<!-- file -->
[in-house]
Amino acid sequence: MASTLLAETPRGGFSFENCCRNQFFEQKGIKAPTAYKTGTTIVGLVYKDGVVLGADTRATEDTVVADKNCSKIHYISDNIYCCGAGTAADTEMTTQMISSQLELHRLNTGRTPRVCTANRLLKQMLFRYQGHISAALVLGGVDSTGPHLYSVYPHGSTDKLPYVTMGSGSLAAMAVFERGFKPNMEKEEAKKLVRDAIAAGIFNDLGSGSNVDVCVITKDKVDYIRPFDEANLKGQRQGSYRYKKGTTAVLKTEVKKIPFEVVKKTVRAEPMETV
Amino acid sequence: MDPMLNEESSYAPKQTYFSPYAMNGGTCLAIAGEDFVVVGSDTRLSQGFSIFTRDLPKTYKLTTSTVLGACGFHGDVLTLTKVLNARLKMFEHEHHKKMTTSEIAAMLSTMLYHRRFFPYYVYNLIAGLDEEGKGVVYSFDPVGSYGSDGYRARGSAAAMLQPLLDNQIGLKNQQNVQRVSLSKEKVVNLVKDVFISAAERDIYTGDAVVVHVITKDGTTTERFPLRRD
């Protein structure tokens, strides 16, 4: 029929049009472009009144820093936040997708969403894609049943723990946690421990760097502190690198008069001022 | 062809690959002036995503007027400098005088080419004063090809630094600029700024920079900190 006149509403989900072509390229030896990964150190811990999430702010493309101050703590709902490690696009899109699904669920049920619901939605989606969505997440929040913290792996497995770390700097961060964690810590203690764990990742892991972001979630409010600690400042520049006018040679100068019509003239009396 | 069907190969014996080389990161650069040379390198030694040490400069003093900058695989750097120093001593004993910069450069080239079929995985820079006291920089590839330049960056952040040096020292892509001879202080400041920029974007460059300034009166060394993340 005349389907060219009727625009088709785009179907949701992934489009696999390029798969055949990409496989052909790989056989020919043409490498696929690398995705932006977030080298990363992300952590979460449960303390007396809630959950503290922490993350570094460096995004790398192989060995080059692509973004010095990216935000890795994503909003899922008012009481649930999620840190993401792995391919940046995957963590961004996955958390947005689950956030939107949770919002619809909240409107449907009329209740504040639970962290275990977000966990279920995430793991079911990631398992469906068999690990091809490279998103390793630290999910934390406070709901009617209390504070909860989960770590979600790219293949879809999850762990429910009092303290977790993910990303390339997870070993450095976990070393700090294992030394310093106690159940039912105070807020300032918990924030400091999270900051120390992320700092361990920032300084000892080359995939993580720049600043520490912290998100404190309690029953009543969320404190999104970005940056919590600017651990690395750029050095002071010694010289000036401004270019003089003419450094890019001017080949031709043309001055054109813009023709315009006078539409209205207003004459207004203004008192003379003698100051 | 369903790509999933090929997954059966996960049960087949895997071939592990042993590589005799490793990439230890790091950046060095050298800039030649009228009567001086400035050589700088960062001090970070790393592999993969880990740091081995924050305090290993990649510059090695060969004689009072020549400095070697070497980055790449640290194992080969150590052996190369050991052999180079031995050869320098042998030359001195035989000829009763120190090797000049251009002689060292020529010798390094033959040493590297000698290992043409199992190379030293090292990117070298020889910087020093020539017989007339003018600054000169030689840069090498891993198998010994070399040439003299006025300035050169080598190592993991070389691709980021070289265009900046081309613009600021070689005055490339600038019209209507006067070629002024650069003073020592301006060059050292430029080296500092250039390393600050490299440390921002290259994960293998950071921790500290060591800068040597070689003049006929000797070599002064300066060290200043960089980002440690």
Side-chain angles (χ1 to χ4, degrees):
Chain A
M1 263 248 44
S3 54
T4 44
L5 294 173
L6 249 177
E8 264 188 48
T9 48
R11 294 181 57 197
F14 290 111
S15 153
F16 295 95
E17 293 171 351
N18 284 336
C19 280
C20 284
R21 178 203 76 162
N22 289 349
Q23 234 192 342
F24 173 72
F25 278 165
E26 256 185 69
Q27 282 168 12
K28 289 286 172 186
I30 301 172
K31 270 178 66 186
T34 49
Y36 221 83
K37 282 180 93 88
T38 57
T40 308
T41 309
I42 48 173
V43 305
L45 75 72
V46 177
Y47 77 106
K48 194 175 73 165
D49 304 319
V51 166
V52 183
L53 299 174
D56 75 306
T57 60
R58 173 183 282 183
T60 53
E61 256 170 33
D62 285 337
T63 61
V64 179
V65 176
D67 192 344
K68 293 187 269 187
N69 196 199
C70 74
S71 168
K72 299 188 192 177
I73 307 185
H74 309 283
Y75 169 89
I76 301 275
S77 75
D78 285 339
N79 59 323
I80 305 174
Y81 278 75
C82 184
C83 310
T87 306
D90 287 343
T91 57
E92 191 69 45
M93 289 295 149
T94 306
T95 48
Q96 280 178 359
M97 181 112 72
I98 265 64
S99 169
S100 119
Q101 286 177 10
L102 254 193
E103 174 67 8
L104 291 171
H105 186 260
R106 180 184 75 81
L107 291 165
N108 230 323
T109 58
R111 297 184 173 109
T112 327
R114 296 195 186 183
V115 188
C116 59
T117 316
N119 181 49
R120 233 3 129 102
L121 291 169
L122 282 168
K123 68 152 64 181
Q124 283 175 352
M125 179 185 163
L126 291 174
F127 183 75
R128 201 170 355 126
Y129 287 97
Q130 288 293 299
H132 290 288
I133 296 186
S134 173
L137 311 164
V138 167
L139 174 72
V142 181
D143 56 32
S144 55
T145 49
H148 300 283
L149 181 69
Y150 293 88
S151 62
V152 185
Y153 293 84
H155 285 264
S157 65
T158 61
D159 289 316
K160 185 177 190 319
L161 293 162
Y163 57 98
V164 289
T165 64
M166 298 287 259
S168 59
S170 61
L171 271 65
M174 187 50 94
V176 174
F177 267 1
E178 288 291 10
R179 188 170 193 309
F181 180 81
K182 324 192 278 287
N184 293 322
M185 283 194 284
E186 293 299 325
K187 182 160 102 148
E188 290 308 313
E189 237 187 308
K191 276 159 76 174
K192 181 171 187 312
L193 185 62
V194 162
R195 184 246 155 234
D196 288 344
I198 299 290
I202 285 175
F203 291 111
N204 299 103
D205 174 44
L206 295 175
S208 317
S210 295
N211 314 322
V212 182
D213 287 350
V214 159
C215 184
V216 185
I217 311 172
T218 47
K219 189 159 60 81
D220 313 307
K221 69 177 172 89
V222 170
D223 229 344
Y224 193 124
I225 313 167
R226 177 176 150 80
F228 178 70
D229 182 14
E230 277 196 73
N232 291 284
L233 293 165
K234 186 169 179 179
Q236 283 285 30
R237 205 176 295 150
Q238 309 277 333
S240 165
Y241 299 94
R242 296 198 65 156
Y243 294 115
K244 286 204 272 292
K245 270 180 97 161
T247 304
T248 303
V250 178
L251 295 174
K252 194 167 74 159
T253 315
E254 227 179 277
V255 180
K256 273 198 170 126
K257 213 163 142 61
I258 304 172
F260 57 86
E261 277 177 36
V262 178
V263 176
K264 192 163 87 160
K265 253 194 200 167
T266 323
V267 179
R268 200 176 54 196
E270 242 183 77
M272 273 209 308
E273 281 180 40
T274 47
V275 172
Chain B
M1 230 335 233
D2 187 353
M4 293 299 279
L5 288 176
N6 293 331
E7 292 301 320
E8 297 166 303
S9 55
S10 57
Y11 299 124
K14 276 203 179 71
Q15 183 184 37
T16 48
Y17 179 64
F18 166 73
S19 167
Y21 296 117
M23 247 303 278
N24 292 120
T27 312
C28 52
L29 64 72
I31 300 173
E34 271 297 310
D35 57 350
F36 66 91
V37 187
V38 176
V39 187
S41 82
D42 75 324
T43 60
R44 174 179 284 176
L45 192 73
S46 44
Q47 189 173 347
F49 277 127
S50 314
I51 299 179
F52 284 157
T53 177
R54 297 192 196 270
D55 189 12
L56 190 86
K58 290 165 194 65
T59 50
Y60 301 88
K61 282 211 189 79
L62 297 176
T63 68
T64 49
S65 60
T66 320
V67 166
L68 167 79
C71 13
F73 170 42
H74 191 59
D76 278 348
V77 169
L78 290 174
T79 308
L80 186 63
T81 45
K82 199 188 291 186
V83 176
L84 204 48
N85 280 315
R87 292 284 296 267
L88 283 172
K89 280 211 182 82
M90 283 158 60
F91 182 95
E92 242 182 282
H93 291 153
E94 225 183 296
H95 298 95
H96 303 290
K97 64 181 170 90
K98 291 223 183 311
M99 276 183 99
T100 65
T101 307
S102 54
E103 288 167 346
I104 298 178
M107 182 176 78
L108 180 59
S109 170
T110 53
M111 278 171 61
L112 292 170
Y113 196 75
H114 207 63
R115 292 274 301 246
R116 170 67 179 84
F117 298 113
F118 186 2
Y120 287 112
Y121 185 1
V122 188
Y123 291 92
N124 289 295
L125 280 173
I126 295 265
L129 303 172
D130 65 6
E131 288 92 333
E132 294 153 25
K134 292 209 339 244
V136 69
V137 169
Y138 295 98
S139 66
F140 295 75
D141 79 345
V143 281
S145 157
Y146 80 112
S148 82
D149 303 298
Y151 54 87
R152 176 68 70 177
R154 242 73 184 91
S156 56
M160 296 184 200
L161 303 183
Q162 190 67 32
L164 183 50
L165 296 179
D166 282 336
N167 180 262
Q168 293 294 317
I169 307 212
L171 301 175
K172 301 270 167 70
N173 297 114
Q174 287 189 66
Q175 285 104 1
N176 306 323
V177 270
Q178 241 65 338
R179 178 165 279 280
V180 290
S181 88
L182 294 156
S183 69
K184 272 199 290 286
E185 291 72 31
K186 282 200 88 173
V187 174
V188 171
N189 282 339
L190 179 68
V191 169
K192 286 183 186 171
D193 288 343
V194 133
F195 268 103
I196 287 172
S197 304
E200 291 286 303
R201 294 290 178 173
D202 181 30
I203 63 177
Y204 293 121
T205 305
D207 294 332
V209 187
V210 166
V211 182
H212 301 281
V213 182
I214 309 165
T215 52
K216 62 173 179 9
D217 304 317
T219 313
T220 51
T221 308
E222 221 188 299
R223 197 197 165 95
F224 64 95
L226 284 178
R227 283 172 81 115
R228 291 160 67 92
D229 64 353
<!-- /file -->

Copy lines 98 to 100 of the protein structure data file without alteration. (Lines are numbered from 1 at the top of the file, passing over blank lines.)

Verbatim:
V115 188
C116 59
T117 316